Just Blaze is responsible for producing some of the most memorable Jay Z songs in his catalog, from “Girls, Girls, Girls” to “Public Service Announcement” to “Show Me What You Got.” This week, however, the New Jersey-based producer is in the news for his contribution to Beyoncé’s universally praised sixth studio album, Lemonade. Linking up with Bey for the first time in his illustrious career, Just Blaze is credited with “Freedom,” the righteous collaboration between Beyonce and Kendrick Lamar, and lent a hand on multiple other tracks within the 12-song opus.
Days after Lemonade was spilled on Saturday night (April 23), Just Blaze talked to Fuse about the album release, the visual component of the full-length, Beyoncé’s creative process and the widespread speculation that the album details Jay Z’s infidelities:
FUSE: What’s been the most surprising thing that’s happened to you over the past few days?
JUST BLAZE: I guess just the actual arrival of the album! I mean, I had some ideas as to what the plans were, but I didn’t know the specific timing. I knew there was the HBO show happening, but I didn’t know there was going to be a full-on reveal with the album release right after. It’s one of those things where you’re sitting on a song for a while, you know it’s a great record, and you’re just waiting for the public to get their hands on it to see if they love it as much as you do. So aside from the actual surprise of the premiere, I guess the most surprising thing for me was not just the positive reaction [to ‘Freedom’], but the overwhelmingly positive reaction. It’s always a good feeling! I knew it would do well—I mean, it’s Beyoncé and Kendrick Lamar. But the amount of love that I’ve gotten, no matter how many times that’s happen to me before, it’s a surprise every time.
When did Beyoncé first approach you about working on this project?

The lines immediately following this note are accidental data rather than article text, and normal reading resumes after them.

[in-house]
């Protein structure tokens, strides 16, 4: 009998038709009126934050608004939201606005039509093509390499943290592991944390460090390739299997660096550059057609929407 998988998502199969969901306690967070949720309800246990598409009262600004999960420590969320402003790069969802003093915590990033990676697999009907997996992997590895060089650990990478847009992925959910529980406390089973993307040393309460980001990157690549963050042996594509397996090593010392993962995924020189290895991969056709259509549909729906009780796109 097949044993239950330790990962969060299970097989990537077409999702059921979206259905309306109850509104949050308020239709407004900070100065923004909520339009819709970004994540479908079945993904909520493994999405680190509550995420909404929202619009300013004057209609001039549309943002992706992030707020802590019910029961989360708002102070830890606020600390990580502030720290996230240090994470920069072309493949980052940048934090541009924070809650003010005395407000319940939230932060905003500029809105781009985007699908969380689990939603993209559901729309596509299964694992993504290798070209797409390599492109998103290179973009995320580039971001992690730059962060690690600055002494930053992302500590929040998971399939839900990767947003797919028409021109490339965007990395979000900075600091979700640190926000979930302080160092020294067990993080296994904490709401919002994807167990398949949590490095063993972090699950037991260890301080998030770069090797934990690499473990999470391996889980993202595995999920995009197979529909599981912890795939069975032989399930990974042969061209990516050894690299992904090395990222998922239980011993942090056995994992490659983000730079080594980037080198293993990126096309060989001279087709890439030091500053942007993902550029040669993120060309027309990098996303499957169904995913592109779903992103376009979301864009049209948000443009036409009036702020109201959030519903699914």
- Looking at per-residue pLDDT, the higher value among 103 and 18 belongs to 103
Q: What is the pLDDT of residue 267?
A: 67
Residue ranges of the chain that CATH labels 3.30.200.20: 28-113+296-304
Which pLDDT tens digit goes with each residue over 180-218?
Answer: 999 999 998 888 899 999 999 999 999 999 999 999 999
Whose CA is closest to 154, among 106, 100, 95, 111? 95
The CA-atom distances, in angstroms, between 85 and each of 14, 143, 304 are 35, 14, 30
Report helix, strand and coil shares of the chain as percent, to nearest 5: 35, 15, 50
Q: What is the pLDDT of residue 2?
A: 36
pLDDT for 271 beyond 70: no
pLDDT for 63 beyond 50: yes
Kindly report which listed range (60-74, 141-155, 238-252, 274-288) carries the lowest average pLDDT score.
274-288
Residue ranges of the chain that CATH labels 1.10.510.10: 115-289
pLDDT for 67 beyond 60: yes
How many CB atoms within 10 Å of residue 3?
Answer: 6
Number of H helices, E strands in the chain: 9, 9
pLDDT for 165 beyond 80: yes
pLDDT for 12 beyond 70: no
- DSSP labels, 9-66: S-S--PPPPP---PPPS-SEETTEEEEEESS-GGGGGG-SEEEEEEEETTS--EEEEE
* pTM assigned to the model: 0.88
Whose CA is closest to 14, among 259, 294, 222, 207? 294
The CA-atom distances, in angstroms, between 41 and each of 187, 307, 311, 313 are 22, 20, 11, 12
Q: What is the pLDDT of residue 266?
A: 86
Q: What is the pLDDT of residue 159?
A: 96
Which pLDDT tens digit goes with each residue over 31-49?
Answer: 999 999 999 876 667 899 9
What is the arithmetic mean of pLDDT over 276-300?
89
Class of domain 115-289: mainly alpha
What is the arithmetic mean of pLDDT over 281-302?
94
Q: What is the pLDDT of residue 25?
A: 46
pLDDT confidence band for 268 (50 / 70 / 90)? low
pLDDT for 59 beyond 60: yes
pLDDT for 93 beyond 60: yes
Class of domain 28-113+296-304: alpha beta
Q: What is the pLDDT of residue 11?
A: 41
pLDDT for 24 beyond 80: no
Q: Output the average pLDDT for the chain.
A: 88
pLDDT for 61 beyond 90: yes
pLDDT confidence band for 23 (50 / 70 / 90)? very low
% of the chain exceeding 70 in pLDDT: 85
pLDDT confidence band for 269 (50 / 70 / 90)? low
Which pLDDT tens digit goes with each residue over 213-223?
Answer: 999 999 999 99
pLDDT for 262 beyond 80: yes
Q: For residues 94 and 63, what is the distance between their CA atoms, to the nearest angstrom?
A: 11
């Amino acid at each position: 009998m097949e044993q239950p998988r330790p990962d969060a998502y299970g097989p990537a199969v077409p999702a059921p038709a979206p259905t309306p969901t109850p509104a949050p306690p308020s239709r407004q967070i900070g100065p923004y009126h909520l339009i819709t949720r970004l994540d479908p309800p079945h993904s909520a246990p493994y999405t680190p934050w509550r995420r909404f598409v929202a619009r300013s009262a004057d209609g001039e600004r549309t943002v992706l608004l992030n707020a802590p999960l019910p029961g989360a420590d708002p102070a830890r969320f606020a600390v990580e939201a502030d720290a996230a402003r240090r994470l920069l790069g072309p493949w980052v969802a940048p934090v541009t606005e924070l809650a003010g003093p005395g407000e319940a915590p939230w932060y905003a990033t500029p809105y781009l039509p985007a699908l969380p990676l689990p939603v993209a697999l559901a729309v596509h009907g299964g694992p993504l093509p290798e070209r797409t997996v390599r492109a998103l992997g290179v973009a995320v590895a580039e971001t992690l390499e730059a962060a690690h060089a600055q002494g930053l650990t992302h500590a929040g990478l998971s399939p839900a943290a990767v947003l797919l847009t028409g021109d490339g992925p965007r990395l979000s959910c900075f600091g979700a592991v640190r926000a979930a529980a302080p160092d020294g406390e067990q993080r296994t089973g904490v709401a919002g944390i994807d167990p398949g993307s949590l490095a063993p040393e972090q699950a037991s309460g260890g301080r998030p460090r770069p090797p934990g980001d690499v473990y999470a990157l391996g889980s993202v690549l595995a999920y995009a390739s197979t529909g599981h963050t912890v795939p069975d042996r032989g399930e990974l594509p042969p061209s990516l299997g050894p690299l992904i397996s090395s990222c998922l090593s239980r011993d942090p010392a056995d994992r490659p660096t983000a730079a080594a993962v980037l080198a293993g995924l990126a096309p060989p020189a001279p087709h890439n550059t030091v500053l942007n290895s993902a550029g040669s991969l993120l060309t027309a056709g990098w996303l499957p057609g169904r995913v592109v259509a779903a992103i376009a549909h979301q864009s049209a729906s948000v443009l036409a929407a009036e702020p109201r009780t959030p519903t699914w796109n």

I honestly don’t remember. I know she and I had a conversation around the time that Jay did the Tidal shows at Terminal 5 in New York [in May 2015]. We were at rehearsals, and she approached me then. But you know, it’s one of those things where you have certain artists that you always run into because you have mutual friends and relationships—so you have that thing where it’s like, ‘Oh, we have to work together some time!’ But at the Tidal show, she didn’t approach me through Jay or anything like that. She came to me herself and was like, ‘I’m ready.’ A few months after that, I started getting phone calls that were like, ‘Hey, she’s ready to go. Let’s get in the studio.’ I want to say that we started really getting down to business seven, eight months ago.
When the wheels started turning, what was the creative process like, in terms of the songwriting and the overall vision of the song?
It was pretty organic and quick, actually. She had a demo already started, and she called me and said something like, ‘This record has to be produced by you.’ I heard the demo and said, ‘I know what you mean!’ She had the basic arrangement and the sample, and some vocals. I took all of those elements back home, and worked on them for a few days, tried a few things out, and I had two guys that I collaborate with as well—Canei Finch [credited with additional piano on the song] and Myles William [credited with additional programming]—after I had my basic framework done, I had them come in and do some instrumental stuff on it to flesh it out. … It came together really quickly. It’s a classic-sounding Just Blaze record as it is, so it wasn’t one of those things where I had to break my head to get it to where it needed to be.